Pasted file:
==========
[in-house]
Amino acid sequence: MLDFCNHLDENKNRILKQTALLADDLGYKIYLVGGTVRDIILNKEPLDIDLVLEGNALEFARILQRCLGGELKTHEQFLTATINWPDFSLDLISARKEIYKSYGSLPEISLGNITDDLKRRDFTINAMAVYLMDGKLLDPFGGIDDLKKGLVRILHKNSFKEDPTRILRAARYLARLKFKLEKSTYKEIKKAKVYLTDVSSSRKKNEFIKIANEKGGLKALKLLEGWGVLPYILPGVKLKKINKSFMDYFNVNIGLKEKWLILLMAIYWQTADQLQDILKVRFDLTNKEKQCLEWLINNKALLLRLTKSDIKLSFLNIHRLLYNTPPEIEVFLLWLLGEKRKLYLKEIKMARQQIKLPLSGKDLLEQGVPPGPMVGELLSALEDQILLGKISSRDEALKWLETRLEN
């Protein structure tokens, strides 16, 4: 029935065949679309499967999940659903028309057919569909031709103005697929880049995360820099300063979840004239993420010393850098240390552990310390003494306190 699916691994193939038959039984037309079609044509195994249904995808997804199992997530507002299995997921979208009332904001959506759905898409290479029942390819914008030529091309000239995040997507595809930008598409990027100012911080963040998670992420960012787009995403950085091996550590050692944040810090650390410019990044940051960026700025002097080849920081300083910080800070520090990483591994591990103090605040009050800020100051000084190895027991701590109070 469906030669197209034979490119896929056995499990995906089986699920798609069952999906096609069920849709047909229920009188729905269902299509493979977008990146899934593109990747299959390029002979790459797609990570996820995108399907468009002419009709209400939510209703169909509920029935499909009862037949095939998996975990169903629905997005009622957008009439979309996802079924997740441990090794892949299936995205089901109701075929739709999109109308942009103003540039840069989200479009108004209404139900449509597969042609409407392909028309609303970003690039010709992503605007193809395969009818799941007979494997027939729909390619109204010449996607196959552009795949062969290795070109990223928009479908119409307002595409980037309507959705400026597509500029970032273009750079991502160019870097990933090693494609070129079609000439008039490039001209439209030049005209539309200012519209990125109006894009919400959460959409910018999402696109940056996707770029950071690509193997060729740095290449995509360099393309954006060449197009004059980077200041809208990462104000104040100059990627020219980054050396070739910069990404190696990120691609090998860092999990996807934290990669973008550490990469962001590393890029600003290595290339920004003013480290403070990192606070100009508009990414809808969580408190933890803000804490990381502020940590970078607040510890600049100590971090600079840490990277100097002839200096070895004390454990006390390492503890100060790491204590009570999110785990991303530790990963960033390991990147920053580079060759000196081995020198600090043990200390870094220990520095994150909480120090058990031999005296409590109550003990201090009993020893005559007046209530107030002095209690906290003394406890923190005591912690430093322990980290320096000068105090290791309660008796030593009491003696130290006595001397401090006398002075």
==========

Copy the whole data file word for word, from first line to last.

[in-house]
Amino acid sequence: MLDFCNHLDENKNRILKQTALLADDLGYKIYLVGGTVRDIILNKEPLDIDLVLEGNALEFARILQRCLGGELKTHEQFLTATINWPDFSLDLISARKEIYKSYGSLPEISLGNITDDLKRRDFTINAMAVYLMDGKLLDPFGGIDDLKKGLVRILHKNSFKEDPTRILRAARYLARLKFKLEKSTYKEIKKAKVYLTDVSSSRKKNEFIKIANEKGGLKALKLLEGWGVLPYILPGVKLKKINKSFMDYFNVNIGLKEKWLILLMAIYWQTADQLQDILKVRFDLTNKEKQCLEWLINNKALLLRLTKSDIKLSFLNIHRLLYNTPPEIEVFLLWLLGEKRKLYLKEIKMARQQIKLPLSGKDLLEQGVPPGPMVGELLSALEDQILLGKISSRDEALKWLETRLEN
């Protein structure tokens, strides 16, 4: 029935065949679309499967999940659903028309057919569909031709103005697929880049995360820099300063979840004239993420010393850098240390552990310390003494306190 699916691994193939038959039984037309079609044509195994249904995808997804199992997530507002299995997921979208009332904001959506759905898409290479029942390819914008030529091309000239995040997507595809930008598409990027100012911080963040998670992420960012787009995403950085091996550590050692944040810090650390410019990044940051960026700025002097080849920081300083910080800070520090990483591994591990103090605040009050800020100051000084190895027991701590109070 469906030669197209034979490119896929056995499990995906089986699920798609069952999906096609069920849709047909229920009188729905269902299509493979977008990146899934593109990747299959390029002979790459797609990570996820995108399907468009002419009709209400939510209703169909509920029935499909009862037949095939998996975990169903629905997005009622957008009439979309996802079924997740441990090794892949299936995205089901109701075929739709999109109308942009103003540039840069989200479009108004209404139900449509597969042609409407392909028309609303970003690039010709992503605007193809395969009818799941007979494997027939729909390619109204010449996607196959552009795949062969290795070109990223928009479908119409307002595409980037309507959705400026597509500029970032273009750079991502160019870097990933090693494609070129079609000439008039490039001209439209030049005209539309200012519209990125109006894009919400959460959409910018999402696109940056996707770029950071690509193997060729740095290449995509360099393309954006060449197009004059980077200041809208990462104000104040100059990627020219980054050396070739910069990404190696990120691609090998860092999990996807934290990669973008550490990469962001590393890029600003290595290339920004003013480290403070990192606070100009508009990414809808969580408190933890803000804490990381502020940590970078607040510890600049100590971090600079840490990277100097002839200096070895004390454990006390390492503890100060790491204590009570999110785990991303530790990963960033390991990147920053580079060759000196081995020198600090043990200390870094220990520095994150909480120090058990031999005296409590109550003990201090009993020893005559007046209530107030002095209690906290003394406890923190005591912690430093322990980290320096000068105090290791309660008796030593009491003696130290006595001397401090006398002075």